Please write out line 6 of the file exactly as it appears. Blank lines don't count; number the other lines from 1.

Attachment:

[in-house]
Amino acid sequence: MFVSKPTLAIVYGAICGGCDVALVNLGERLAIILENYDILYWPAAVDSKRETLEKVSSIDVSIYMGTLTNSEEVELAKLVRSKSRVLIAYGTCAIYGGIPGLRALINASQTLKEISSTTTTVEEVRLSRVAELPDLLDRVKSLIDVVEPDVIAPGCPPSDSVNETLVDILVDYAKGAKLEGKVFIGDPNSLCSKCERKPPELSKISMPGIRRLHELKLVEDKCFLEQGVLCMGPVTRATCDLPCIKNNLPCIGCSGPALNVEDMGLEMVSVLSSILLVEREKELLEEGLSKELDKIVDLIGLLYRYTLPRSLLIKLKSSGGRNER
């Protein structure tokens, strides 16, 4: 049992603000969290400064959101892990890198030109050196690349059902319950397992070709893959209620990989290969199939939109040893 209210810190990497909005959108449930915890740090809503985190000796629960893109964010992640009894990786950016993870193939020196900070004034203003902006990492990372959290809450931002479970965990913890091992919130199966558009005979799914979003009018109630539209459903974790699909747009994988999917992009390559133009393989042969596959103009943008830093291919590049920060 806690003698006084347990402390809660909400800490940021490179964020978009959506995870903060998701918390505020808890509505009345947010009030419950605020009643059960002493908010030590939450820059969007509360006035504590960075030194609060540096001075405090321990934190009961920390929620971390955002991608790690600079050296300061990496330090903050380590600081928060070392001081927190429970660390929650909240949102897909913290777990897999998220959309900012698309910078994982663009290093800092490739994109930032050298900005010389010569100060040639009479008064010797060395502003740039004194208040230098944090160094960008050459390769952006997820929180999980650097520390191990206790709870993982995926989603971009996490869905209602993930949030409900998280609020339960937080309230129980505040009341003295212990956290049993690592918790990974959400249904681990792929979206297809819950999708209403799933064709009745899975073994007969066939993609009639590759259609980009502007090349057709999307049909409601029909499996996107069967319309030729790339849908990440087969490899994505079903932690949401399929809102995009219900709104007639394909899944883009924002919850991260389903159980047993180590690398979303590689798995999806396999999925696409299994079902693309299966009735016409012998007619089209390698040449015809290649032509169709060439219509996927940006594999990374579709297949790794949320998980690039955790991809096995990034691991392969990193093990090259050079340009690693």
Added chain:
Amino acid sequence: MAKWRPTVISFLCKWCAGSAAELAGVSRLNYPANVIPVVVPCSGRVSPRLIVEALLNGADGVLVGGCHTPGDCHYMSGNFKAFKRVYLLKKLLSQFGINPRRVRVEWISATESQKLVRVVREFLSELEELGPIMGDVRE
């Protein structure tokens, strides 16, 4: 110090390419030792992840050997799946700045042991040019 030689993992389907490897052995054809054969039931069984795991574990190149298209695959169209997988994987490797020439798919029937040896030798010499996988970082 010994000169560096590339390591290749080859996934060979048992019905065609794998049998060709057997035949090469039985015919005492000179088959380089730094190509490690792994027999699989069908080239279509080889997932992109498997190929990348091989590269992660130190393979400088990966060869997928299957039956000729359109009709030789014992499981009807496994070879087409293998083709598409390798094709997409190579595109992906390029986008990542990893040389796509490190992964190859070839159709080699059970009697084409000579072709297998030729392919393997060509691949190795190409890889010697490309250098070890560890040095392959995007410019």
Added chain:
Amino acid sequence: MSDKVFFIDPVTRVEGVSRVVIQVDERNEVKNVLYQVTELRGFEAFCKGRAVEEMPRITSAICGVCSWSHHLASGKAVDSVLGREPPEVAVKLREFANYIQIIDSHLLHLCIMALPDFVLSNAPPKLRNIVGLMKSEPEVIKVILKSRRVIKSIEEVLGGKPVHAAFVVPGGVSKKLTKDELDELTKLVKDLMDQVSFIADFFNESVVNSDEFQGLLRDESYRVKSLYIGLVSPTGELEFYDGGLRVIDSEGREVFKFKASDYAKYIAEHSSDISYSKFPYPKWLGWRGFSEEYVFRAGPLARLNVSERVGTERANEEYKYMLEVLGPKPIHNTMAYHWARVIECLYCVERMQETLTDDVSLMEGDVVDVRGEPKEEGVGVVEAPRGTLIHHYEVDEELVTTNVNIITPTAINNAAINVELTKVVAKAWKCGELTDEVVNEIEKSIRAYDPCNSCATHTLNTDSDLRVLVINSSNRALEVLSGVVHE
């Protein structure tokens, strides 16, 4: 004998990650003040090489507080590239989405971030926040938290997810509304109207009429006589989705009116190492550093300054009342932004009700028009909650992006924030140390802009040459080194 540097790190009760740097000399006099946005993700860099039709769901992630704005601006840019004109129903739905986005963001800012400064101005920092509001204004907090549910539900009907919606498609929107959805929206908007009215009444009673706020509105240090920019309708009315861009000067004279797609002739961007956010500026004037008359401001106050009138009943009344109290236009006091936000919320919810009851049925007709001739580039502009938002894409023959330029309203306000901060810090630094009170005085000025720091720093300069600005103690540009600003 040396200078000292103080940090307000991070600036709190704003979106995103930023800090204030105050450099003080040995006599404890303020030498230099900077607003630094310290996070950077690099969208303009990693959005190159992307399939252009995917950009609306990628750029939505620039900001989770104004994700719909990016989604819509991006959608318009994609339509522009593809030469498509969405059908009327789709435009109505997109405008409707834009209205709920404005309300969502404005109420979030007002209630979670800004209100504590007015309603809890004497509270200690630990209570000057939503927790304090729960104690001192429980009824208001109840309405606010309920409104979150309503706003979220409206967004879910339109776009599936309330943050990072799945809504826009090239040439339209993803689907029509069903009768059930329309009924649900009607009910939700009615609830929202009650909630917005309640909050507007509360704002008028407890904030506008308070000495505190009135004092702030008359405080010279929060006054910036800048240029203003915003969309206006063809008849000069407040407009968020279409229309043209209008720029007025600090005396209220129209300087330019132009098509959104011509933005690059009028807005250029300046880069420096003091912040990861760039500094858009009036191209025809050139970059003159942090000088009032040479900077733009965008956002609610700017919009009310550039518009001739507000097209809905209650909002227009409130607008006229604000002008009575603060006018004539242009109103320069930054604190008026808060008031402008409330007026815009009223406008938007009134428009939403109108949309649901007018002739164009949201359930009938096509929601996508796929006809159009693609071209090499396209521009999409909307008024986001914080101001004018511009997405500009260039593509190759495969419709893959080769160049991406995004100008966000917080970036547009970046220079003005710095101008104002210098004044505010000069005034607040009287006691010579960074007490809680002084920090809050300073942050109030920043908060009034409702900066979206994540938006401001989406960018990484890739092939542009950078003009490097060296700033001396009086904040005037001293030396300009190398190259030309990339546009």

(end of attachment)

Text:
């Protein structure tokens, strides 16, 4: 110090390419030792992840050997799946700045042991040019 030689993992389907490897052995054809054969039931069984795991574990190149298209695959169209997988994987490797020439798919029937040896030798010499996988970082 010994000169560096590339390591290749080859996934060979048992019905065609794998049998060709057997035949090469039985015919005492000179088959380089730094190509490690792994027999699989069908080239279509080889997932992109498997190929990348091989590269992660130190393979400088990966060869997928299957039956000729359109009709030789014992499981009807496994070879087409293998083709598409390798094709997409190579595109992906390029986008990542990893040389796509490190992964190859070839159709080699059970009697084409000579072709297998030729392919393997060509691949190795190409890889010697490309250098070890560890040095392959995007410019």